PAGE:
Background & aims: Helicobacter pylori-negative idiopathic ulcers are increasingly recognized. The secular trend and long-term outcome of this condition are unknown.
Methods: We prospectively studied consecutive patients with bleeding gastroduodenal ulcers from January to December 2000. The incidence and etiology of ulcers during this period were compared with that between September 1997 and August 1998. H. pylori-negative idiopathic ulcers were defined as negative tests for H. pylori, no exposure to analgesics within 4 weeks, and absence of other risk factors for ulcers. After the ulcers had healed, patients with H. pylori-negative idiopathic ulcers and patients with H. pylori ulcers who received eradication therapy were followed up for 12 months without anti-ulcer drugs.
Results: Six hundred thirty-eight patients had bleeding ulcers: 213 (33.4%) were H. pylori ulcers, and 120 (18.8%) were H. pylori-negative idiopathic ulcers (vs 480 [50.3%] H. pylori ulcers and 40 [4.2%] H. pylori-negative idiopathic ulcers in 1997-1998; P < .001). H. pylori-negative idiopathic ulcers accounted for 16.1% of patients who were admitted for bleeding and 42.4% of patients who bled while in the hospital (P < .0001); 28.3% of patients with H. pylori-negative idiopathic ulcers had histologic evidence of past H. pylori infection. The probability of recurrent ulcer complications in 12 months was 13.4% (95% CI: 7.3%-19.5%) in patients with H. pylori-negative idiopathic ulcers and 2.5% (95% CI: 0.4%-4.6%) in patients with H. pylori ulcers who received eradication therapy (P = .0002).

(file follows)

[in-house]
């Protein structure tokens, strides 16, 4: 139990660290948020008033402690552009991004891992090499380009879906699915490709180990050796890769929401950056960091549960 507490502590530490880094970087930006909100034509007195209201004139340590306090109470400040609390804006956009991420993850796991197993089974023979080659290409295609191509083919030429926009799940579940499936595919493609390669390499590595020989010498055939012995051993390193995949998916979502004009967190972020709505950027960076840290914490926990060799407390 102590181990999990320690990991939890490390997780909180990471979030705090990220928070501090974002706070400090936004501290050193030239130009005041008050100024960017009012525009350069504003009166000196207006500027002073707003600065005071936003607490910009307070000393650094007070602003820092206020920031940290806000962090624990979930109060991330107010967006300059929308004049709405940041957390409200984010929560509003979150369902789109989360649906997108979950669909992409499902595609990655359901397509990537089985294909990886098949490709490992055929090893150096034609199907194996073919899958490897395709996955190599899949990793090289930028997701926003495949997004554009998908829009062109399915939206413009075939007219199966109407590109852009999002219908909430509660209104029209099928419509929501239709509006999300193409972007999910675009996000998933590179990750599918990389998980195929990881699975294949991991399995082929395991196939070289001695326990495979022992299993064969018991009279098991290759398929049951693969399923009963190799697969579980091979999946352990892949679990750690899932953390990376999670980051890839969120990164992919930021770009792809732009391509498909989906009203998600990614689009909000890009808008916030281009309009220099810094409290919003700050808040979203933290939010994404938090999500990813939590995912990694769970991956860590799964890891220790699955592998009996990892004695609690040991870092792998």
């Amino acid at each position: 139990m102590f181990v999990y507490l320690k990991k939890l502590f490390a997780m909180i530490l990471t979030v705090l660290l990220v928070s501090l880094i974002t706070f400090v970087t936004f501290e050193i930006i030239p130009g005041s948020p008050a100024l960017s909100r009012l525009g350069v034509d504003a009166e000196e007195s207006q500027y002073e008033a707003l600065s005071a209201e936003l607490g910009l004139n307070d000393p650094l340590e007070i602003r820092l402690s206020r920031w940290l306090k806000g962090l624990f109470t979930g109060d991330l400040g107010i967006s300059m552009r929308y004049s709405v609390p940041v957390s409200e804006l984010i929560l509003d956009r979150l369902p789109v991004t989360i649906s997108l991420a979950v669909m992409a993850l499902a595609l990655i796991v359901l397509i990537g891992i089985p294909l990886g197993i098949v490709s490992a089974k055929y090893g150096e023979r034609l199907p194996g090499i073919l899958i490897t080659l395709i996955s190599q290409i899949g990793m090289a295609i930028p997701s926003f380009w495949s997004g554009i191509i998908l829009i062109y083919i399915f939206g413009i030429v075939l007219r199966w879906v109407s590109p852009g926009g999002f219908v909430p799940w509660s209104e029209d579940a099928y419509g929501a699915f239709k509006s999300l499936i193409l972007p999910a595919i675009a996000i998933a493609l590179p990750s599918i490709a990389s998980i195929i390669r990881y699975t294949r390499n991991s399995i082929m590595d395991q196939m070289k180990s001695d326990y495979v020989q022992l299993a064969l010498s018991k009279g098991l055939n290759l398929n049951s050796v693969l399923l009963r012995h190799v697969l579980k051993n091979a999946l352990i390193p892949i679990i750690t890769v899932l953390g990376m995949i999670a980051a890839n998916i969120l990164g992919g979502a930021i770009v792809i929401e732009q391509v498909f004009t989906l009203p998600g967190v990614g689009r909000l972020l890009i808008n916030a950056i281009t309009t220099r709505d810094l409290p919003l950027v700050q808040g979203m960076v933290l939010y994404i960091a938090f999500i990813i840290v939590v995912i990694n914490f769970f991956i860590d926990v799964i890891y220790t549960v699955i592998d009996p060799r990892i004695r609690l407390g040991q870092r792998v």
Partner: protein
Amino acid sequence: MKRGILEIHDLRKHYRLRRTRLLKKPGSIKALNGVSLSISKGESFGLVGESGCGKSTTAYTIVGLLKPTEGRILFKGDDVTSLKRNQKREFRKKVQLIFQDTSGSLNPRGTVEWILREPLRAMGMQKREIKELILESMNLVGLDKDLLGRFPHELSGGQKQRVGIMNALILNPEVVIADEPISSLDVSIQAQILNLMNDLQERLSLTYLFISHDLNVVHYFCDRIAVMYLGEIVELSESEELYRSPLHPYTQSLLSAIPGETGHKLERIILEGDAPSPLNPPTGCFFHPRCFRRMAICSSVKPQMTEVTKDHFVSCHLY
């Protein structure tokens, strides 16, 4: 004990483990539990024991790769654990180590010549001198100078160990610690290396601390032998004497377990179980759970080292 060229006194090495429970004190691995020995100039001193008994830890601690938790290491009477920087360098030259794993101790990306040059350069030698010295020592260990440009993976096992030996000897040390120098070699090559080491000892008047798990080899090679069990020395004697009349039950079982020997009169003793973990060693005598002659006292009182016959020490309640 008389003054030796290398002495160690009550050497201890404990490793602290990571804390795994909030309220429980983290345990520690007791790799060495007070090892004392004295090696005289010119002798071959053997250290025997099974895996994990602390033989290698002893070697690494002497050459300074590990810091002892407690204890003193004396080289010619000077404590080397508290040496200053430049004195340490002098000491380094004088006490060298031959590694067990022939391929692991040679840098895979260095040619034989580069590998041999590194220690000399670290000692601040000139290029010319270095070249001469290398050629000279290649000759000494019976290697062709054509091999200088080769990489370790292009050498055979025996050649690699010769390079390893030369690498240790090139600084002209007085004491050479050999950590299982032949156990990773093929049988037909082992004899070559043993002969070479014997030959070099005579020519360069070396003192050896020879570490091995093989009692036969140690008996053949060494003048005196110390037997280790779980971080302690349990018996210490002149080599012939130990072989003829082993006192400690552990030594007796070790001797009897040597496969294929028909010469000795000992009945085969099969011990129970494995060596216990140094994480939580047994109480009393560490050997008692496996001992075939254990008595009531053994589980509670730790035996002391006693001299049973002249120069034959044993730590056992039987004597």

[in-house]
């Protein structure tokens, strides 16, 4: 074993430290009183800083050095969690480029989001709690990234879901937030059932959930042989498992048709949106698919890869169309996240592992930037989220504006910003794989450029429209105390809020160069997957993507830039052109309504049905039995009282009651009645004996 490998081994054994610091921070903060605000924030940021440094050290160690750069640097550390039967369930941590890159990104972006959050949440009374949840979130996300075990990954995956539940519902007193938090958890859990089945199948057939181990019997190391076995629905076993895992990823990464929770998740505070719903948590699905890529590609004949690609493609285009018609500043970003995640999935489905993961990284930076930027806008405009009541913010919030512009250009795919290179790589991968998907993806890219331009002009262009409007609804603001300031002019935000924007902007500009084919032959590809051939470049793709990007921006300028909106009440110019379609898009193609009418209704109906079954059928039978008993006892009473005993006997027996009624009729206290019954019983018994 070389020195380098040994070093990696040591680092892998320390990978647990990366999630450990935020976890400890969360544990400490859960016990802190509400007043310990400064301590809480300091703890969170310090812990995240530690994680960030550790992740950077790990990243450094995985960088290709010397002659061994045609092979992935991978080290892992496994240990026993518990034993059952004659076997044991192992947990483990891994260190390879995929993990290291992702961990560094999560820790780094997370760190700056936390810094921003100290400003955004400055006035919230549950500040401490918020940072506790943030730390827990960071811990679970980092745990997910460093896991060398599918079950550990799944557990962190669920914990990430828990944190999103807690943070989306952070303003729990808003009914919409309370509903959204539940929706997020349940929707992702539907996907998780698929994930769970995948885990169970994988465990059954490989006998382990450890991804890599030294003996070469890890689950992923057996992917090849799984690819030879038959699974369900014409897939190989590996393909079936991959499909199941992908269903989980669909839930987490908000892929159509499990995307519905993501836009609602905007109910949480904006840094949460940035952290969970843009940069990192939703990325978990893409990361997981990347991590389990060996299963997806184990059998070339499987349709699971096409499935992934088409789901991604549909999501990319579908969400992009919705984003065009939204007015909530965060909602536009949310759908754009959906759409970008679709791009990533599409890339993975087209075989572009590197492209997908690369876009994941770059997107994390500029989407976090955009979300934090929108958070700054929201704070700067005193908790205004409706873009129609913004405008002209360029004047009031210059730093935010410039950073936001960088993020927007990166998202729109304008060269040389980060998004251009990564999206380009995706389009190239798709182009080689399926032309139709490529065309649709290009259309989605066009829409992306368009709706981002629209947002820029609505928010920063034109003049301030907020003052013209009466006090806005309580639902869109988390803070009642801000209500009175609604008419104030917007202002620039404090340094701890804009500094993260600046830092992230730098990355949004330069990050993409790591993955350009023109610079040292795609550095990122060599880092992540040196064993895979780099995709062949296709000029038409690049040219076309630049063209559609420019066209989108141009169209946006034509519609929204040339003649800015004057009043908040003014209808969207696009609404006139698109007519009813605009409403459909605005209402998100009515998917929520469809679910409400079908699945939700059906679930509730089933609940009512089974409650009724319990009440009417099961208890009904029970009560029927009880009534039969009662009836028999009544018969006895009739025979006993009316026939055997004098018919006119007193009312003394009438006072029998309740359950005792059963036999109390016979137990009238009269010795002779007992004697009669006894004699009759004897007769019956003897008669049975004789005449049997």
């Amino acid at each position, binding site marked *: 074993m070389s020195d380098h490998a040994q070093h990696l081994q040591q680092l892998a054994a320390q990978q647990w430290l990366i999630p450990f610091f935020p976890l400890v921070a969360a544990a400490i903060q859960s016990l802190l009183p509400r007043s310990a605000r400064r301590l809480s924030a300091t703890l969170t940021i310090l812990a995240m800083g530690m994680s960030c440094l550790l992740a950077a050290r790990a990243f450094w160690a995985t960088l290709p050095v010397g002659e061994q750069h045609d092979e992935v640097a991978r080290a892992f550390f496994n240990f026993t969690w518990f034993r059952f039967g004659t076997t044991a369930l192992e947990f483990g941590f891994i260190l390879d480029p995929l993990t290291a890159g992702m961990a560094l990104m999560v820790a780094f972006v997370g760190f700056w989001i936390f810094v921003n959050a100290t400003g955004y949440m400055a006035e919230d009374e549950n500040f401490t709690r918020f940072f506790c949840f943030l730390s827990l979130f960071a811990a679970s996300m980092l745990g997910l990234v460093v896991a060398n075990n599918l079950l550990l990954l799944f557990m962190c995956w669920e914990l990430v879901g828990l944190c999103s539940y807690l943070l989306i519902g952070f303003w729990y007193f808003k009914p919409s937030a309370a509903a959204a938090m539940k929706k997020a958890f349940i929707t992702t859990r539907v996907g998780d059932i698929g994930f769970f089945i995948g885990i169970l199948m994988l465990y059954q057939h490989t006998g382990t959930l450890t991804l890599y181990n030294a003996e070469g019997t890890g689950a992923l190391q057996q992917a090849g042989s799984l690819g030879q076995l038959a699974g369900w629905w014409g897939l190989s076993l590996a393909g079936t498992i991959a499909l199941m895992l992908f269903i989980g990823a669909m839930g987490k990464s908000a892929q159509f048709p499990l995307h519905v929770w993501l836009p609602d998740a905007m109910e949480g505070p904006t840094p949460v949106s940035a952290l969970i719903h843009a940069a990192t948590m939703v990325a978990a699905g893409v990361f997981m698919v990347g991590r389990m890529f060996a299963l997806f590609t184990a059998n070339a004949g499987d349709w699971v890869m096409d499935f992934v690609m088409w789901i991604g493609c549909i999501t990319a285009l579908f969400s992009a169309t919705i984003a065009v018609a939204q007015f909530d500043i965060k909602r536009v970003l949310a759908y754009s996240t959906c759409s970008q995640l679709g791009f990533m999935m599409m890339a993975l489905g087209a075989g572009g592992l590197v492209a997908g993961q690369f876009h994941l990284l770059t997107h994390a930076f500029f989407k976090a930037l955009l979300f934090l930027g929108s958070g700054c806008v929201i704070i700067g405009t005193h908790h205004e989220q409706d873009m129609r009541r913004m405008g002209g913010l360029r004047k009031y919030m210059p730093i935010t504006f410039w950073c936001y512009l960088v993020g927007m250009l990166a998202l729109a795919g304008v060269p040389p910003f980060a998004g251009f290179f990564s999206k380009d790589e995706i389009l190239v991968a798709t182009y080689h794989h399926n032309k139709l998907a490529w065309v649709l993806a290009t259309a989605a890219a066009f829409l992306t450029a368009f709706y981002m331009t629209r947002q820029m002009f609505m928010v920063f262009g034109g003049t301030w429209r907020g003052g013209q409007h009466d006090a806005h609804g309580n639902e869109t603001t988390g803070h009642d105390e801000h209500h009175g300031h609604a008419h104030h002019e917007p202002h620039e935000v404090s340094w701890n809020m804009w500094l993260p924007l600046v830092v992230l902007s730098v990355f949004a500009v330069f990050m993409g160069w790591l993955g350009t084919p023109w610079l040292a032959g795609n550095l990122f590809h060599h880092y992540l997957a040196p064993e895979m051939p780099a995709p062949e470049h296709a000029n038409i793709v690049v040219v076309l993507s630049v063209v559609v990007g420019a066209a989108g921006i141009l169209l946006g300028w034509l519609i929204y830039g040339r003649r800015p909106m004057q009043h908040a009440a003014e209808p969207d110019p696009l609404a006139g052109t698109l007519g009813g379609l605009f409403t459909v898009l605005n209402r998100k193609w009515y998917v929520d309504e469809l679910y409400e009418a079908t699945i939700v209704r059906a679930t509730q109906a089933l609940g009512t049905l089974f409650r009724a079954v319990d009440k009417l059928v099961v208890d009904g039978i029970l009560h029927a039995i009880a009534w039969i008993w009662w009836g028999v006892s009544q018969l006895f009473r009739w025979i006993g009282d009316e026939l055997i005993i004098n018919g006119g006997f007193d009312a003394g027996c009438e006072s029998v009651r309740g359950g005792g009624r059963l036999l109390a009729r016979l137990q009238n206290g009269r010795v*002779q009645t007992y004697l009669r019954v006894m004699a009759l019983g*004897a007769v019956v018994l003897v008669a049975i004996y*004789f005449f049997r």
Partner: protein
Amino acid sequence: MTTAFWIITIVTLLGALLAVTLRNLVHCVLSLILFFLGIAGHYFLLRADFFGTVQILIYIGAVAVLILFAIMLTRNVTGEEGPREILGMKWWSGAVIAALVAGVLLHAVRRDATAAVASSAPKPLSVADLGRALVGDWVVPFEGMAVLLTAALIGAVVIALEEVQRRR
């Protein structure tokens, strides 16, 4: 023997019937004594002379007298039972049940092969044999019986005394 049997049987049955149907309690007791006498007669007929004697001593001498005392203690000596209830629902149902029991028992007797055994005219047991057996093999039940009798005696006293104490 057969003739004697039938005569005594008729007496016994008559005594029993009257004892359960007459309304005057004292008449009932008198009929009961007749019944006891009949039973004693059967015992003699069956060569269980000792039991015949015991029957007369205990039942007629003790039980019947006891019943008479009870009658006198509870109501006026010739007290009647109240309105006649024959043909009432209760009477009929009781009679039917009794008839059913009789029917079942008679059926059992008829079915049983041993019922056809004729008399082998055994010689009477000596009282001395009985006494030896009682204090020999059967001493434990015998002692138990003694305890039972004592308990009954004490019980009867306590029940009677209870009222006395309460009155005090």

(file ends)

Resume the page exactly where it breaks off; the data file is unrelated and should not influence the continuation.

Conclusions: The incidence of H. pylori-negative idiopathic bleeding ulcers is rising. These ulcers are prone to recurrent complications.